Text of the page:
Tek Nath Rizal

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Tek Nath Rizal (Nepali: टेकनाथ रिजाल) (also spelled Rijal) is one of the top leaders of Bhutanese refugees, and a political and human rights activist in Bhutan.

Rizal was imprisoned by the government of Bhutan from 1989 to 1999 at the Chamgang jail.[1] He had been arrested by Nepalese authorities in Nepal where he had escaped to after protesting against the Bhutanese government's approach to the Bhutanese refugee problem.[2] According to Amnesty International, he was a prisoner of conscience, held by Bhutan "for the peaceful expression of his political beliefs, in particular his campaign against government policies unfairly affecting members of the Nepali-speaking community in southern Bhutan."[1] He was sentenced in 1993 to life imprisonment.[1]

The Bhutanese government has accused Tek Nath Rizal of abusing his position as an elected Royal Advisory Councillor by providing false feedback from the people he represented to the King, and then blaming the government and King for the policies formulated based on his advice. The rift between the people in the south of Bhutan and the government has at least in small part been blamed on his actions.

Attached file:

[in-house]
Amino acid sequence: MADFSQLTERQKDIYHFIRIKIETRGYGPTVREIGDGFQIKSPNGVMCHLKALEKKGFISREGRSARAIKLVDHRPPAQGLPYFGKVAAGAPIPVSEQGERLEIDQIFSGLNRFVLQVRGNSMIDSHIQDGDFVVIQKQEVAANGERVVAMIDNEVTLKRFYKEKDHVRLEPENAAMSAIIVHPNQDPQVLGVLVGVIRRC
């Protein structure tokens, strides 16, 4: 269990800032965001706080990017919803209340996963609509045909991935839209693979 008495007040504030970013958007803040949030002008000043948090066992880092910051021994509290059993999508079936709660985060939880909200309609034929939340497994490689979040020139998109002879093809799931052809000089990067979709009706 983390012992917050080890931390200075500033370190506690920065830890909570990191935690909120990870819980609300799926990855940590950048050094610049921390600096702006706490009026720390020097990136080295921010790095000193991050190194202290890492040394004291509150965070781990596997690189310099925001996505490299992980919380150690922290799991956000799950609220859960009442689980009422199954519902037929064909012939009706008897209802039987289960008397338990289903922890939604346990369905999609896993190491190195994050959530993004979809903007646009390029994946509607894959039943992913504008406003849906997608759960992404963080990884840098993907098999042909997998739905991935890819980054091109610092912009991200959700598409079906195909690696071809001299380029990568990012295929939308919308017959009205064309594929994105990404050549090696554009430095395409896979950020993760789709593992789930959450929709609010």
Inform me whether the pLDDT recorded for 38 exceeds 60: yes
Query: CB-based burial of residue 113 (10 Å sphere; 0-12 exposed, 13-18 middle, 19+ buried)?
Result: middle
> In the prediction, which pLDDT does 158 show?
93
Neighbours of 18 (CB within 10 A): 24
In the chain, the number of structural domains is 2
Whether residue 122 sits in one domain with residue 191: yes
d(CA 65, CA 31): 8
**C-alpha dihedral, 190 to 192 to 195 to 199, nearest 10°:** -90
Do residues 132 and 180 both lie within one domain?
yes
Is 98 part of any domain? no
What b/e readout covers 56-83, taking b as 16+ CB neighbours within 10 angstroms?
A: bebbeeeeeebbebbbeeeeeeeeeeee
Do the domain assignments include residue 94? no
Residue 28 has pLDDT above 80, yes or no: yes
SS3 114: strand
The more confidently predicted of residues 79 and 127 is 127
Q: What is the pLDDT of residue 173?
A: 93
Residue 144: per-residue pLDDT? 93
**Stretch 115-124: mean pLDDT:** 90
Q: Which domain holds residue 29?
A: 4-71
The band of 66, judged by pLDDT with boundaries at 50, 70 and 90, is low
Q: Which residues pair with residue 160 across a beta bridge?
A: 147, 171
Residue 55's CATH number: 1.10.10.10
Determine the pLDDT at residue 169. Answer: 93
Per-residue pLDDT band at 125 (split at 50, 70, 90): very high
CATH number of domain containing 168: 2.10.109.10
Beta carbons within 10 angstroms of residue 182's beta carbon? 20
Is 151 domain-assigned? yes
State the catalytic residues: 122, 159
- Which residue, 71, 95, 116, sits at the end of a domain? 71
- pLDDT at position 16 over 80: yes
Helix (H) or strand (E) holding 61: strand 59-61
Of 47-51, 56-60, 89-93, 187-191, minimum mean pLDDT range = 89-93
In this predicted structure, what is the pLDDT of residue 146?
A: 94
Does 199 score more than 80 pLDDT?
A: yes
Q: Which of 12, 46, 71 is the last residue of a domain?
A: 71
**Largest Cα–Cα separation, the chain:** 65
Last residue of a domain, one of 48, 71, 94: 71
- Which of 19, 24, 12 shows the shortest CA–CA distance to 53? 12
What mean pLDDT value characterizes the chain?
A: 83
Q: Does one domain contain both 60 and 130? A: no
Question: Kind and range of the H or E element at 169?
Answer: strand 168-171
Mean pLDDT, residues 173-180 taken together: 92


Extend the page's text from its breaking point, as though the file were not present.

After his sentencing, the King of Bhutan, Jigme Singye Wangchuck, pardoned Rizal on condition that Bhutan and Nepal be able to resolve the issue over the certain Bhutanese refugees in Nepal.[1][2] The issue was not resolved, but Rizal was released from prison during an amnesty granted by the king in December 1999.[1][2] Rizal attributed his release to the efforts of activists from around the world who pressed for his release.[2]

Teknath Rizal was released by the government unconditionally and he has since settled in Nepal.

Publications[edit]

  1. Torture Killing Me Softly
  2. From Palace to Prison
  3. Nirbasan (Nepali)

External links[edit]

Notes[edit]

  1. ^ a b c d e Amnesty International, "Amnesty International welcomes release of prisoner of conscience", press release, 1999-12-21, accessed 2009-01-16.
  2. ^ a b c d "Tek Nath Rijal", Nepali Times, 2003-05-01, accessed 2009-01-16.